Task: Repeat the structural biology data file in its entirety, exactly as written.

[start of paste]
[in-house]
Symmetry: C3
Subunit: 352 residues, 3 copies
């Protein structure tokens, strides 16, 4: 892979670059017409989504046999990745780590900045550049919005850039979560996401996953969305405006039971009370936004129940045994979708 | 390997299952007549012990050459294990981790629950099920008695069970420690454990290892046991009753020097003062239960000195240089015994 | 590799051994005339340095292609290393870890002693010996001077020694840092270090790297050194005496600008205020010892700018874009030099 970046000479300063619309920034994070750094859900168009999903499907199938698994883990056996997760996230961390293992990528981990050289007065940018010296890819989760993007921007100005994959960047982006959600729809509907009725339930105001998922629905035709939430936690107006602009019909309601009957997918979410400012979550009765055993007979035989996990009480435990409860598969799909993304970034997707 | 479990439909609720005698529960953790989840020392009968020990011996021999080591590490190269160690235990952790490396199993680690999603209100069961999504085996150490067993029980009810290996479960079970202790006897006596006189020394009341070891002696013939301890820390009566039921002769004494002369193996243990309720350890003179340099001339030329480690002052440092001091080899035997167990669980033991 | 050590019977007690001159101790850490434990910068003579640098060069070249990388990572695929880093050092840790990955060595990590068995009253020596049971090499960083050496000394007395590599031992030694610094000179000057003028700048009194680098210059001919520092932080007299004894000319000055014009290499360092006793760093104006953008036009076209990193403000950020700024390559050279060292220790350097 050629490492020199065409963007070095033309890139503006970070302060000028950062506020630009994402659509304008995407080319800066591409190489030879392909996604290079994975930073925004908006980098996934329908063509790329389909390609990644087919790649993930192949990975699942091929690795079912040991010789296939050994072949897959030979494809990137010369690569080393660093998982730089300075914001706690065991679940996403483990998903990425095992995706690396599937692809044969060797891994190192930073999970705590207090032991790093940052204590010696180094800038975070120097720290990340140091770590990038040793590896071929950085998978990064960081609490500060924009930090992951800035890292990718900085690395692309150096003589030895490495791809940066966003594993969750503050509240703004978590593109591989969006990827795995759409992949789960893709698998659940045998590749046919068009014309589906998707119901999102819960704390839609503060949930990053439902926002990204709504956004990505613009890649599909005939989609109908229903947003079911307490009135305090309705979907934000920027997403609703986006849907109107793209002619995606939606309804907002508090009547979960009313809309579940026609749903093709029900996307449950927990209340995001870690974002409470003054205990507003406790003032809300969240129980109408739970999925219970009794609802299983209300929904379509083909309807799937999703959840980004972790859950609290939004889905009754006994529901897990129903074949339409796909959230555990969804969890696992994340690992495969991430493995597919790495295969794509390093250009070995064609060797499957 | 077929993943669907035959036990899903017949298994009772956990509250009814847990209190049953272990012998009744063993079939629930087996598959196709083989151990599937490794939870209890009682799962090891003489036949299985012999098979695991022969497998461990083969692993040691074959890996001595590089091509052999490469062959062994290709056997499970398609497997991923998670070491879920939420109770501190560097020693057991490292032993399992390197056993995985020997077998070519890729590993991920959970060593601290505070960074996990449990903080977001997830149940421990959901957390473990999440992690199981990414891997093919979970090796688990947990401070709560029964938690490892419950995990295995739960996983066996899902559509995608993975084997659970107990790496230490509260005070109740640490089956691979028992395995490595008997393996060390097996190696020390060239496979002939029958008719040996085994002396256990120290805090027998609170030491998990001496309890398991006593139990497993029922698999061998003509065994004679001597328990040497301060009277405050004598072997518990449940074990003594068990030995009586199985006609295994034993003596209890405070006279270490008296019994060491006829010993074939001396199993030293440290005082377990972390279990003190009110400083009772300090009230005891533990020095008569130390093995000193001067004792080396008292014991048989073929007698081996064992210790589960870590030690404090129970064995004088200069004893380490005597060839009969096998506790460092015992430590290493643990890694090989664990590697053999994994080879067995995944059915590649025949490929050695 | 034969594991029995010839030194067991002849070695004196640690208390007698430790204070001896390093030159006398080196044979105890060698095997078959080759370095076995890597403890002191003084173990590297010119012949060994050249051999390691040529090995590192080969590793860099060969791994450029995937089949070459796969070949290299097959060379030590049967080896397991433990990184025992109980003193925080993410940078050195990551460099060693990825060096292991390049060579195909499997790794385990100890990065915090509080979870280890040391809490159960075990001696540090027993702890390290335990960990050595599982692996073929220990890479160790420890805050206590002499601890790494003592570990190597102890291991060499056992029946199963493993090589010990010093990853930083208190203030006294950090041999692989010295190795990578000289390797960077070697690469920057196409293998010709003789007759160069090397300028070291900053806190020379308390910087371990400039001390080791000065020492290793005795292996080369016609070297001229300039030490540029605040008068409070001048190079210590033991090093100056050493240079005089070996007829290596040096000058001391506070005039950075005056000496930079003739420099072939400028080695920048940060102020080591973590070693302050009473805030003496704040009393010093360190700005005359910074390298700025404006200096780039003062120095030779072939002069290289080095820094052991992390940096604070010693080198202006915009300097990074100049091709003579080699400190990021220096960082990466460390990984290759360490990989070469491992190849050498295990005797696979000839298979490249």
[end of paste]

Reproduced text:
[in-house]
Symmetry: C3
Subunit: 352 residues, 3 copies
């Protein structure tokens, strides 16, 4: 892979670059017409989504046999990745780590900045550049919005850039979560996401996953969305405006039971009370936004129940045994979708 | 390997299952007549012990050459294990981790629950099920008695069970420690454990290892046991009753020097003062239960000195240089015994 | 590799051994005339340095292609290393870890002693010996001077020694840092270090790297050194005496600008205020010892700018874009030099 970046000479300063619309920034994070750094859900168009999903499907199938698994883990056996997760996230961390293992990528981990050289007065940018010296890819989760993007921007100005994959960047982006959600729809509907009725339930105001998922629905035709939430936690107006602009019909309601009957997918979410400012979550009765055993007979035989996990009480435990409860598969799909993304970034997707 | 479990439909609720005698529960953790989840020392009968020990011996021999080591590490190269160690235990952790490396199993680690999603209100069961999504085996150490067993029980009810290996479960079970202790006897006596006189020394009341070891002696013939301890820390009566039921002769004494002369193996243990309720350890003179340099001339030329480690002052440092001091080899035997167990669980033991 | 050590019977007690001159101790850490434990910068003579640098060069070249990388990572695929880093050092840790990955060595990590068995009253020596049971090499960083050496000394007395590599031992030694610094000179000057003028700048009194680098210059001919520092932080007299004894000319000055014009290499360092006793760093104006953008036009076209990193403000950020700024390559050279060292220790350097 050629490492020199065409963007070095033309890139503006970070302060000028950062506020630009994402659509304008995407080319800066591409190489030879392909996604290079994975930073925004908006980098996934329908063509790329389909390609990644087919790649993930192949990975699942091929690795079912040991010789296939050994072949897959030979494809990137010369690569080393660093998982730089300075914001706690065991679940996403483990998903990425095992995706690396599937692809044969060797891994190192930073999970705590207090032991790093940052204590010696180094800038975070120097720290990340140091770590990038040793590896071929950085998978990064960081609490500060924009930090992951800035890292990718900085690395692309150096003589030895490495791809940066966003594993969750503050509240703004978590593109591989969006990827795995759409992949789960893709698998659940045998590749046919068009014309589906998707119901999102819960704390839609503060949930990053439902926002990204709504956004990505613009890649599909005939989609109908229903947003079911307490009135305090309705979907934000920027997403609703986006849907109107793209002619995606939606309804907002508090009547979960009313809309579940026609749903093709029900996307449950927990209340995001870690974002409470003054205990507003406790003032809300969240129980109408739970999925219970009794609802299983209300929904379509083909309807799937999703959840980004972790859950609290939004889905009754006994529901897990129903074949339409796909959230555990969804969890696992994340690992495969991430493995597919790495295969794509390093250009070995064609060797499957 | 077929993943669907035959036990899903017949298994009772956990509250009814847990209190049953272990012998009744063993079939629930087996598959196709083989151990599937490794939870209890009682799962090891003489036949299985012999098979695991022969497998461990083969692993040691074959890996001595590089091509052999490469062959062994290709056997499970398609497997991923998670070491879920939420109770501190560097020693057991490292032993399992390197056993995985020997077998070519890729590993991920959970060593601290505070960074996990449990903080977001997830149940421990959901957390473990999440992690199981990414891997093919979970090796688990947990401070709560029964938690490892419950995990295995739960996983066996899902559509995608993975084997659970107990790496230490509260005070109740640490089956691979028992395995490595008997393996060390097996190696020390060239496979002939029958008719040996085994002396256990120290805090027998609170030491998990001496309890398991006593139990497993029922698999061998003509065994004679001597328990040497301060009277405050004598072997518990449940074990003594068990030995009586199985006609295994034993003596209890405070006279270490008296019994060491006829010993074939001396199993030293440290005082377990972390279990003190009110400083009772300090009230005891533990020095008569130390093995000193001067004792080396008292014991048989073929007698081996064992210790589960870590030690404090129970064995004088200069004893380490005597060839009969096998506790460092015992430590290493643990890694090989664990590697053999994994080879067995995944059915590649025949490929050695 | 034969594991029995010839030194067991002849070695004196640690208390007698430790204070001896390093030159006398080196044979105890060698095997078959080759370095076995890597403890002191003084173990590297010119012949060994050249051999390691040529090995590192080969590793860099060969791994450029995937089949070459796969070949290299097959060379030590049967080896397991433990990184025992109980003193925080993410940078050195990551460099060693990825060096292991390049060579195909499997790794385990100890990065915090509080979870280890040391809490159960075990001696540090027993702890390290335990960990050595599982692996073929220990890479160790420890805050206590002499601890790494003592570990190597102890291991060499056992029946199963493993090589010990010093990853930083208190203030006294950090041999692989010295190795990578000289390797960077070697690469920057196409293998010709003789007759160069090397300028070291900053806190020379308390910087371990400039001390080791000065020492290793005795292996080369016609070297001229300039030490540029605040008068409070001048190079210590033991090093100056050493240079005089070996007829290596040096000058001391506070005039950075005056000496930079003739420099072939400028080695920048940060102020080591973590070693302050009473805030003496704040009393010093360190700005005359910074390298700025404006200096780039003062120095030779072939002069290289080095820094052991992390940096604070010693080198202006915009300097990074100049091709003579080699400190990021220096960082990466460390990984290759360490990989070469491992190849050498295990005797696979000839298979490249």